Official Suspended In Crimes Row

An official has been suspended over the Home Office’s failure to update police records of Britons convicted abroad. Some 27,000 case files, including 540 for serious or violent offences, were not put on the police computer.

A Home Office spokeswoman said an official had volunteered evidence in the last 48 hours, and had been suspended pending an investigation.

She said the information warranted a disciplinary inquiry – but gave no details of what was revealed.

Nor would she say how senior the suspended official was.

Meanwhile, Home Secretary John Reid has instigated a root-and-branch review of Britain’s criminal databases.

His spokesman said Mr Reid was writing to Cabinet colleagues to get agreement for a review of British databases which received information about criminality, and how information was recorded on them.

One of his junior ministers, Joan Ryan, will meet EU counterparts in Dresden to discuss improving systems for sharing information.

Since the revelations earlier this week, the Home Office has come under repeated fire for failing to update police records.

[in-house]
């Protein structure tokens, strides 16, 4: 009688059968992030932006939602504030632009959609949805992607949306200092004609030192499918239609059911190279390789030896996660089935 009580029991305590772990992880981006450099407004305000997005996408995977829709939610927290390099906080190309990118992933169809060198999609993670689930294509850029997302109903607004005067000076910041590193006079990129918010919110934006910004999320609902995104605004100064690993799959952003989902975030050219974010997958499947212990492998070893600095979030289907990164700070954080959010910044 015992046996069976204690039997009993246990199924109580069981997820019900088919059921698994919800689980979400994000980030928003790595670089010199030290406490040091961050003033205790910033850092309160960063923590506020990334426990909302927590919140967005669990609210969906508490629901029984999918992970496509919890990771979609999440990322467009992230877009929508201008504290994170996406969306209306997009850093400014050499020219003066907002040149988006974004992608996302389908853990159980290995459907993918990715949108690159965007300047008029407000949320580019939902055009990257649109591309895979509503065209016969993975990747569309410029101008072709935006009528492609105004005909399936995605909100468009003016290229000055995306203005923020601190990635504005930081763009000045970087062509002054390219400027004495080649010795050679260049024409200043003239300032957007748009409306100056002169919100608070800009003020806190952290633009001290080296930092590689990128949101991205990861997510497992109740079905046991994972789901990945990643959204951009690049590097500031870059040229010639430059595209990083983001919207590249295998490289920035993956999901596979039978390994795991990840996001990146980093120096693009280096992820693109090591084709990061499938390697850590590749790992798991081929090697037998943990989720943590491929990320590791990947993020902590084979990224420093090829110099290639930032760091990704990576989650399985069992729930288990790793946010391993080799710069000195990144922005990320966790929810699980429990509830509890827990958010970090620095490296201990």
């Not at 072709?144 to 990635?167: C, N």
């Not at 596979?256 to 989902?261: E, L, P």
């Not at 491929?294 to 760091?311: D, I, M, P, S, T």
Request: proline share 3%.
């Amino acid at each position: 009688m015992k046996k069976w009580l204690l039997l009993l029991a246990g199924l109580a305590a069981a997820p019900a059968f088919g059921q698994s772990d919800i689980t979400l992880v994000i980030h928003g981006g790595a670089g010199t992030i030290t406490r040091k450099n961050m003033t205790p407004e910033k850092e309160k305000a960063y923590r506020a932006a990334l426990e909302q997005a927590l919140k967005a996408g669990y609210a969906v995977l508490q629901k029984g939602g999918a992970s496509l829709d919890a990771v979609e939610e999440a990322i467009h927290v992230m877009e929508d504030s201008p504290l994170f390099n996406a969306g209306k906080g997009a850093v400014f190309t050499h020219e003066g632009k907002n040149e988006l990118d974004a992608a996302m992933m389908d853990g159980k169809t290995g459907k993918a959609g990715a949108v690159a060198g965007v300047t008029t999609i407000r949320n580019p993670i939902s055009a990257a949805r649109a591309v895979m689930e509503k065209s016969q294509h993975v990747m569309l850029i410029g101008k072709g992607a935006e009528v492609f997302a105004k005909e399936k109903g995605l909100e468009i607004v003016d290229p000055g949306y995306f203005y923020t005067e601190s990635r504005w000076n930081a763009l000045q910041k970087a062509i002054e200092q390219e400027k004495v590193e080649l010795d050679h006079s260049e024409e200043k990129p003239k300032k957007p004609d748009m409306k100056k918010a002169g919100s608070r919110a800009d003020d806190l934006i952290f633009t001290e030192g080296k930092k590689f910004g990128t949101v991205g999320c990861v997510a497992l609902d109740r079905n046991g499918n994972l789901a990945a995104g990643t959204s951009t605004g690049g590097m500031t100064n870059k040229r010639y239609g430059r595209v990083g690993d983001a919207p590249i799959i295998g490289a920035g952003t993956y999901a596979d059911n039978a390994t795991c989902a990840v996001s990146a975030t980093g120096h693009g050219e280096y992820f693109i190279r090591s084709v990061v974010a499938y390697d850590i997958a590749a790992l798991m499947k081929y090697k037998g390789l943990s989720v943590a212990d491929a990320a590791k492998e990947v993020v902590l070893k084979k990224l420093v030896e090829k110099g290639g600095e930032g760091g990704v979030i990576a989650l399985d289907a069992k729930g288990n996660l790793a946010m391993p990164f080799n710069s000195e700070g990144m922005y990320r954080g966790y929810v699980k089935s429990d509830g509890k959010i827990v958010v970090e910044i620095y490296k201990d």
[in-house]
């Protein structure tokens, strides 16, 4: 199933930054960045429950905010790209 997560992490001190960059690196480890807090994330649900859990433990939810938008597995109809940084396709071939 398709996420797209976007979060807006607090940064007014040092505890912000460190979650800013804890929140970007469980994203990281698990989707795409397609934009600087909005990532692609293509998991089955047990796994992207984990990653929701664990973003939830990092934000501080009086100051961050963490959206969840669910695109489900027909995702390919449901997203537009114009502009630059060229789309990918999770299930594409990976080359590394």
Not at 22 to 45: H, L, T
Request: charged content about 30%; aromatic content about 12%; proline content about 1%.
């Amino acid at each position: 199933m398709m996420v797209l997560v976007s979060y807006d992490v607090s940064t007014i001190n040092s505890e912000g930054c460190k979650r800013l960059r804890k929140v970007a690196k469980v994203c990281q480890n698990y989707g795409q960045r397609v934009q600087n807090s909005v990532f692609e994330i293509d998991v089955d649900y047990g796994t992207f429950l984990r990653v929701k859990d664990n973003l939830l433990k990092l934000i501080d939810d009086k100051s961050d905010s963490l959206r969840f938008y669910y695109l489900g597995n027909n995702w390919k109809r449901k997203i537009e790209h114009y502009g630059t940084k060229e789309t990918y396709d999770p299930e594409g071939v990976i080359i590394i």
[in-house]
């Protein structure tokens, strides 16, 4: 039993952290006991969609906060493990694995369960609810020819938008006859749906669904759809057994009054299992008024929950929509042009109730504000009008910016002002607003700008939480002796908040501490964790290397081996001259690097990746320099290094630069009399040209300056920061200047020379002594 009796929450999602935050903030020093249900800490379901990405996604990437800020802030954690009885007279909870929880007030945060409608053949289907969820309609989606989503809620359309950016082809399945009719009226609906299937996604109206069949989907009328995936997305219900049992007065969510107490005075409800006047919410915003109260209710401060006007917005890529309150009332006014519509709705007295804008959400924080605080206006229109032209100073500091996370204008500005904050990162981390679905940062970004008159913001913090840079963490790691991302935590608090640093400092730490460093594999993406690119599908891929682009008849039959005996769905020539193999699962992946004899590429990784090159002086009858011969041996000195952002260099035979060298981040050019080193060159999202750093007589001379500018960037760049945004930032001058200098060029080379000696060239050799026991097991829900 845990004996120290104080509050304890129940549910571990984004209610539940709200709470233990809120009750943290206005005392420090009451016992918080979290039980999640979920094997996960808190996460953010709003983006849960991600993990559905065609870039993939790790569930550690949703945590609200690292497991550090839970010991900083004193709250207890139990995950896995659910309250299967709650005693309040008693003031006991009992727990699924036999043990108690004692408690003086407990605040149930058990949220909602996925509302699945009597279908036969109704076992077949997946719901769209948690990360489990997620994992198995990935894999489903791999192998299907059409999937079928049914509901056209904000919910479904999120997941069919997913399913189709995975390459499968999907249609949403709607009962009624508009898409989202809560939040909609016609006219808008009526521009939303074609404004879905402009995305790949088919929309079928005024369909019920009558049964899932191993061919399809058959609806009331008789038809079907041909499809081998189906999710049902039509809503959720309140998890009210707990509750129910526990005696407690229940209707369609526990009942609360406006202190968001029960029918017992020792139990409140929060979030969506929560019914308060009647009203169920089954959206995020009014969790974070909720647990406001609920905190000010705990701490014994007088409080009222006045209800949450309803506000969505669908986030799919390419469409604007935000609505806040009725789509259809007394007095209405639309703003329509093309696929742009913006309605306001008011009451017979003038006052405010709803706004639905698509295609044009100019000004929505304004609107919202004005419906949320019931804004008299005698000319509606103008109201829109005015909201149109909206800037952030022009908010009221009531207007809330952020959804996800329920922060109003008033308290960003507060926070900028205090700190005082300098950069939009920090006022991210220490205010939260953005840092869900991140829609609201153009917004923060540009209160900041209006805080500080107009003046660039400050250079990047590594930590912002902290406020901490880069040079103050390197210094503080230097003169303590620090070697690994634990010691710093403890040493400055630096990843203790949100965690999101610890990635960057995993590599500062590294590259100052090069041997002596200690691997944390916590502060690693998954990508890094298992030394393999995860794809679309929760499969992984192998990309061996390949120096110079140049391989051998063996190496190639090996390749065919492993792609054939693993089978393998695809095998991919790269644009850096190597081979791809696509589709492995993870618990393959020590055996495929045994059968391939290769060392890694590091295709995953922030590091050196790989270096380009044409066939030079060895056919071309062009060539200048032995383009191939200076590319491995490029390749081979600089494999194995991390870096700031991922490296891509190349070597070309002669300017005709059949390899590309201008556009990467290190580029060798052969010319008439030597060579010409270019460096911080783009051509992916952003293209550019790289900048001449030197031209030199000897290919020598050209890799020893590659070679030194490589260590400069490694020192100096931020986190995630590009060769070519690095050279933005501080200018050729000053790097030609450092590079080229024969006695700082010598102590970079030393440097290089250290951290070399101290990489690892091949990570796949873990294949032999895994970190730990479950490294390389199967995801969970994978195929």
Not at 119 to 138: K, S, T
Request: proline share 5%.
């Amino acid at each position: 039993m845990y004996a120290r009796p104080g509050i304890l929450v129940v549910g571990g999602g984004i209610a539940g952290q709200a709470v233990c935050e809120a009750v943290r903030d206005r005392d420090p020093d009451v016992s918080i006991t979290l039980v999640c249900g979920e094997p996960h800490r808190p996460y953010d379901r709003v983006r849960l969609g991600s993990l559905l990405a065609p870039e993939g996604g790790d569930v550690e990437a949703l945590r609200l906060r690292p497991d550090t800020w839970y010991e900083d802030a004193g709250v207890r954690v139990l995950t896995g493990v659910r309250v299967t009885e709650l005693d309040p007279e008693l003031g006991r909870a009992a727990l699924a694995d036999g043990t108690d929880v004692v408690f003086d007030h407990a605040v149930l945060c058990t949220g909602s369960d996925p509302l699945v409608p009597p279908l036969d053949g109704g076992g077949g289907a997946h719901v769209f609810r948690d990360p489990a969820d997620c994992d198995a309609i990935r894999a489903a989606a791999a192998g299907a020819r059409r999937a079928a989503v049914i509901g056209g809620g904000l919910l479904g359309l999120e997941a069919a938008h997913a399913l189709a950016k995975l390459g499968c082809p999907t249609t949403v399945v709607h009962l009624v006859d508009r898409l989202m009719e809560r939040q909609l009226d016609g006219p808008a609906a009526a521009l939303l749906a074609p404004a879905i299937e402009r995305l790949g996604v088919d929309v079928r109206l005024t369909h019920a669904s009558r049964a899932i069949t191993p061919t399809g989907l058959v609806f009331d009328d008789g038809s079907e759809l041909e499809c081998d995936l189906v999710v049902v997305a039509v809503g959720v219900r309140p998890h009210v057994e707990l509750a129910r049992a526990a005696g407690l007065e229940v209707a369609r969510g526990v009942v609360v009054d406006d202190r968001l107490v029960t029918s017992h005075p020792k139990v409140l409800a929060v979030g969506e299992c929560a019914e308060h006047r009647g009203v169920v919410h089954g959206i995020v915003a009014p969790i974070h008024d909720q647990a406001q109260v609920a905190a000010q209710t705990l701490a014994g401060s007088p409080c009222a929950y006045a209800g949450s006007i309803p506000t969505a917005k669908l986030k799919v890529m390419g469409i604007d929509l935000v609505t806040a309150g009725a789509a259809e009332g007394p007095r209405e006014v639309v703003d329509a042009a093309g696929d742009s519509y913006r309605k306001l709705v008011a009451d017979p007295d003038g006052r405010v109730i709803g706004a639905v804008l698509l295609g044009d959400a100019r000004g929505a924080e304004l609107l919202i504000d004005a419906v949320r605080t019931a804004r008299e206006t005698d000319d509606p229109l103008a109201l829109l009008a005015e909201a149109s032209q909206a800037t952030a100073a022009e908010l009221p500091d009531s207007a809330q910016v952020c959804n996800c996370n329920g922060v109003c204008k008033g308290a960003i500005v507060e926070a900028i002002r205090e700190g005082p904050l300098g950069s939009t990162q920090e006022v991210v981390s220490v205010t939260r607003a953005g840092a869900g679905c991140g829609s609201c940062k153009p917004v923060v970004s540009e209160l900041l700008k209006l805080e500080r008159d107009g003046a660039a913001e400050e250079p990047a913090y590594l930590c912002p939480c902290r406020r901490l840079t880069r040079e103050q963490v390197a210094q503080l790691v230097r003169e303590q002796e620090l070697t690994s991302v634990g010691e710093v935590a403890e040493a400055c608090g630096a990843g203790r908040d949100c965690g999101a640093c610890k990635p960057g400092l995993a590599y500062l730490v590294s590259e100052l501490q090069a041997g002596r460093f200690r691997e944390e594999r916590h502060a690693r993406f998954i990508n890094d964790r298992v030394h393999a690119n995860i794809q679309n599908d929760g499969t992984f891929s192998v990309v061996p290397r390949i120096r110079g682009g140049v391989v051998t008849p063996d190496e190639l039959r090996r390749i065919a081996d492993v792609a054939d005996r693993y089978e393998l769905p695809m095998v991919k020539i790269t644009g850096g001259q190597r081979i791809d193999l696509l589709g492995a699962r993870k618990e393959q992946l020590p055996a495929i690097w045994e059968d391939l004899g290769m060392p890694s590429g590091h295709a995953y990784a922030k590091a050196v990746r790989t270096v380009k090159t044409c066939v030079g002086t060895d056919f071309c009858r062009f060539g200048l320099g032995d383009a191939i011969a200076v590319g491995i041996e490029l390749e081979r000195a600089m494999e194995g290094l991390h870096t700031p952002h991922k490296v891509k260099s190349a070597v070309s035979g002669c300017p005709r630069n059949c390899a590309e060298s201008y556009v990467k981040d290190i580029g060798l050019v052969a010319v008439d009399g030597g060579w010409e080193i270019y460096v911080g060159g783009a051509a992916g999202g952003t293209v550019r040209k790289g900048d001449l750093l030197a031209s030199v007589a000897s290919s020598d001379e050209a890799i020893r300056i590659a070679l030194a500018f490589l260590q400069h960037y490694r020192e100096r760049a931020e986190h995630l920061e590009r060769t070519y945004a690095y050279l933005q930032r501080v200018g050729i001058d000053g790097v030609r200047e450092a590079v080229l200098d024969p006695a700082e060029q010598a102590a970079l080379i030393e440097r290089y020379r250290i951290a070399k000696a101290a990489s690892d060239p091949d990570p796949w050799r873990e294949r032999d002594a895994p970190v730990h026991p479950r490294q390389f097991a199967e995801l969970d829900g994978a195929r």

So far, four drug offenders and a people smuggler have been confirmed as having passed Criminal Records Bureau checks to work with children or vulnerable adults.

But no violent or sexual offenders appear to have slipped through the net.

And it is now thought that about 70 of those 540 serious offenders have been convicted of a further offence since returning to the UK.

The head of the National Association of Probation Officers, Harry Fletcher, said the figure, based on feedback from officers, was particularly low as half of all offenders are usually expected to reoffend within two years.

“It seems very low – but that may be because many of them have disappeared, changed their names or even gone abroad again,” he added.

The Observer reported that among those to reoffend was British gangster Dale Miller, convicted of violent offences abroad during the 1990s.

The newspaper claims his convictions were not on record until shortly before he was sentenced to 16 years in jail for manslaughter in Newcastle in 2002.

But a Home Office spokesman said it was incorrect that he would have been supervised by probation officers if his records had been stored electronically earlier.